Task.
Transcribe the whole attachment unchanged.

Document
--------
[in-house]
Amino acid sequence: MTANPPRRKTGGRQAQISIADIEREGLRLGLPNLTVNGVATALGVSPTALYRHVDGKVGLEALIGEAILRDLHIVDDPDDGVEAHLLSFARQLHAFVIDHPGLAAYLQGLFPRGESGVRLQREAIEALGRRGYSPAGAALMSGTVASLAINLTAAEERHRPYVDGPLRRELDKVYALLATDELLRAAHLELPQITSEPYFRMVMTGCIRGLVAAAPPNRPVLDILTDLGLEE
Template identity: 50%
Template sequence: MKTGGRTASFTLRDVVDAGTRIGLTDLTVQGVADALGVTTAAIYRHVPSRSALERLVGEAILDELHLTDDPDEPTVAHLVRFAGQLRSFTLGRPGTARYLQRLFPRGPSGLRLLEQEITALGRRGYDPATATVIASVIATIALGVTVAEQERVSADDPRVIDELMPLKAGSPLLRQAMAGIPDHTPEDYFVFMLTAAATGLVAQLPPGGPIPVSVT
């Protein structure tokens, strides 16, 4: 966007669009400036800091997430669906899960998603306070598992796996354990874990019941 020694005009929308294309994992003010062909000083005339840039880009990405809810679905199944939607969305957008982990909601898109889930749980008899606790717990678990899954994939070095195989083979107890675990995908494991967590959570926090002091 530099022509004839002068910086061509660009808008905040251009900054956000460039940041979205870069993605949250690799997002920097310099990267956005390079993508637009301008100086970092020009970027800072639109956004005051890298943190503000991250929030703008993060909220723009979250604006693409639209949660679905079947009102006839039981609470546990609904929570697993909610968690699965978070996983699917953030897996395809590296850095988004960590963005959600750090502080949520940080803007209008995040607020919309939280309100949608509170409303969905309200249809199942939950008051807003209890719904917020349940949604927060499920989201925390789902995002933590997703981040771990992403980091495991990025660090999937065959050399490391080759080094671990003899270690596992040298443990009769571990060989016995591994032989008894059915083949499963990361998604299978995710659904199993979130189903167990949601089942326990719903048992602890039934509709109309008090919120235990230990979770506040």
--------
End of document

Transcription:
[in-house]
Amino acid sequence: MTANPPRRKTGGRQAQISIADIEREGLRLGLPNLTVNGVATALGVSPTALYRHVDGKVGLEALIGEAILRDLHIVDDPDDGVEAHLLSFARQLHAFVIDHPGLAAYLQGLFPRGESGVRLQREAIEALGRRGYSPAGAALMSGTVASLAINLTAAEERHRPYVDGPLRRELDKVYALLATDELLRAAHLELPQITSEPYFRMVMTGCIRGLVAAAPPNRPVLDILTDLGLEE
Template identity: 50%
Template sequence: MKTGGRTASFTLRDVVDAGTRIGLTDLTVQGVADALGVTTAAIYRHVPSRSALERLVGEAILDELHLTDDPDEPTVAHLVRFAGQLRSFTLGRPGTARYLQRLFPRGPSGLRLLEQEITALGRRGYDPATATVIASVIATIALGVTVAEQERVSADDPRVIDELMPLKAGSPLLRQAMAGIPDHTPEDYFVFMLTAAATGLVAQLPPGGPIPVSVT
């Protein structure tokens, strides 16, 4: 966007669009400036800091997430669906899960998603306070598992796996354990874990019941 020694005009929308294309994992003010062909000083005339840039880009990405809810679905199944939607969305957008982990909601898109889930749980008899606790717990678990899954994939070095195989083979107890675990995908494991967590959570926090002091 530099022509004839002068910086061509660009808008905040251009900054956000460039940041979205870069993605949250690799997002920097310099990267956005390079993508637009301008100086970092020009970027800072639109956004005051890298943190503000991250929030703008993060909220723009979250604006693409639209949660679905079947009102006839039981609470546990609904929570697993909610968690699965978070996983699917953030897996395809590296850095988004960590963005959600750090502080949520940080803007209008995040607020919309939280309100949608509170409303969905309200249809199942939950008051807003209890719904917020349940949604927060499920989201925390789902995002933590997703981040771990992403980091495991990025660090999937065959050399490391080759080094671990003899270690596992040298443990009769571990060989016995591994032989008894059915083949499963990361998604299978995710659904199993979130189903167990949601089942326990719903048992602890039934509709109309008090919120235990230990979770506040």